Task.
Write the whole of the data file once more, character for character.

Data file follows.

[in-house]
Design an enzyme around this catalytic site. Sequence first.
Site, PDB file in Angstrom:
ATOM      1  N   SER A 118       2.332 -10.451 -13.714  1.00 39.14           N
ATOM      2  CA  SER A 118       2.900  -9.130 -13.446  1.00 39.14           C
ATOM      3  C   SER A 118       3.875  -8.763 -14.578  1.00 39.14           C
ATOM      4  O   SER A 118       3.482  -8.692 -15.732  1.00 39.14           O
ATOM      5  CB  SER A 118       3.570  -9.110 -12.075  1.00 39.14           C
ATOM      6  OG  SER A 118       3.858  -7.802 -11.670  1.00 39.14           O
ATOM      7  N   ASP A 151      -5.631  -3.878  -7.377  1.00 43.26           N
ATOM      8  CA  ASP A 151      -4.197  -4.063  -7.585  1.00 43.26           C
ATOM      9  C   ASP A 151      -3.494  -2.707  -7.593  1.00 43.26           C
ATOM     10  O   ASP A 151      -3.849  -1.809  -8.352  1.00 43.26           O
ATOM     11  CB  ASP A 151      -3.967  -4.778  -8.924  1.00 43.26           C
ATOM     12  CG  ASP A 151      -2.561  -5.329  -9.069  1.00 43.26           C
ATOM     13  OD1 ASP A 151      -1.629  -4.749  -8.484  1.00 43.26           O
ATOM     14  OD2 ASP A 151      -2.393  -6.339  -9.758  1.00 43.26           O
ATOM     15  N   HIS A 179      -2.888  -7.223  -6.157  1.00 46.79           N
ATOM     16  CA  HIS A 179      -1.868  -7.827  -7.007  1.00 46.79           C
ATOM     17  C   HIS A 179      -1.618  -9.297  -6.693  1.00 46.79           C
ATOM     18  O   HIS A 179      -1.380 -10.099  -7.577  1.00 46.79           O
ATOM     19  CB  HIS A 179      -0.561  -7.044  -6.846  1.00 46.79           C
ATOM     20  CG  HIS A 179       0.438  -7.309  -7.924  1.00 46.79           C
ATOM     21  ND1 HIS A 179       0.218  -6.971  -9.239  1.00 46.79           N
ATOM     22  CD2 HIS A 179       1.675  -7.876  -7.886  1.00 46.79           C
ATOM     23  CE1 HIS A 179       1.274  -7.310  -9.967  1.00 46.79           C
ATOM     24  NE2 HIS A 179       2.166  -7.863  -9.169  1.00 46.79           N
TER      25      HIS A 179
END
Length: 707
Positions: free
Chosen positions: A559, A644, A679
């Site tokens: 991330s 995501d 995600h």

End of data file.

[in-house]
Design an enzyme around this catalytic site. Sequence first.
Site, PDB file in Angstrom:
ATOM      1  N   SER A 118       2.332 -10.451 -13.714  1.00 39.14           N
ATOM      2  CA  SER A 118       2.900  -9.130 -13.446  1.00 39.14           C
ATOM      3  C   SER A 118       3.875  -8.763 -14.578  1.00 39.14           C
ATOM      4  O   SER A 118       3.482  -8.692 -15.732  1.00 39.14           O
ATOM      5  CB  SER A 118       3.570  -9.110 -12.075  1.00 39.14           C
ATOM      6  OG  SER A 118       3.858  -7.802 -11.670  1.00 39.14           O
ATOM      7  N   ASP A 151      -5.631  -3.878  -7.377  1.00 43.26           N
ATOM      8  CA  ASP A 151      -4.197  -4.063  -7.585  1.00 43.26           C
ATOM      9  C   ASP A 151      -3.494  -2.707  -7.593  1.00 43.26           C
ATOM     10  O   ASP A 151      -3.849  -1.809  -8.352  1.00 43.26           O
ATOM     11  CB  ASP A 151      -3.967  -4.778  -8.924  1.00 43.26           C
ATOM     12  CG  ASP A 151      -2.561  -5.329  -9.069  1.00 43.26           C
ATOM     13  OD1 ASP A 151      -1.629  -4.749  -8.484  1.00 43.26           O
ATOM     14  OD2 ASP A 151      -2.393  -6.339  -9.758  1.00 43.26           O
ATOM     15  N   HIS A 179      -2.888  -7.223  -6.157  1.00 46.79           N
ATOM     16  CA  HIS A 179      -1.868  -7.827  -7.007  1.00 46.79           C
ATOM     17  C   HIS A 179      -1.618  -9.297  -6.693  1.00 46.79           C
ATOM     18  O   HIS A 179      -1.380 -10.099  -7.577  1.00 46.79           O
ATOM     19  CB  HIS A 179      -0.561  -7.044  -6.846  1.00 46.79           C
ATOM     20  CG  HIS A 179       0.438  -7.309  -7.924  1.00 46.79           C
ATOM     21  ND1 HIS A 179       0.218  -6.971  -9.239  1.00 46.79           N
ATOM     22  CD2 HIS A 179       1.675  -7.876  -7.886  1.00 46.79           C
ATOM     23  CE1 HIS A 179       1.274  -7.310  -9.967  1.00 46.79           C
ATOM     24  NE2 HIS A 179       2.166  -7.863  -9.169  1.00 46.79           N
TER      25      HIS A 179
END
Length: 707
Positions: free
Chosen positions: A559, A644, A679
């Site tokens: 991330s 995501d 995600h």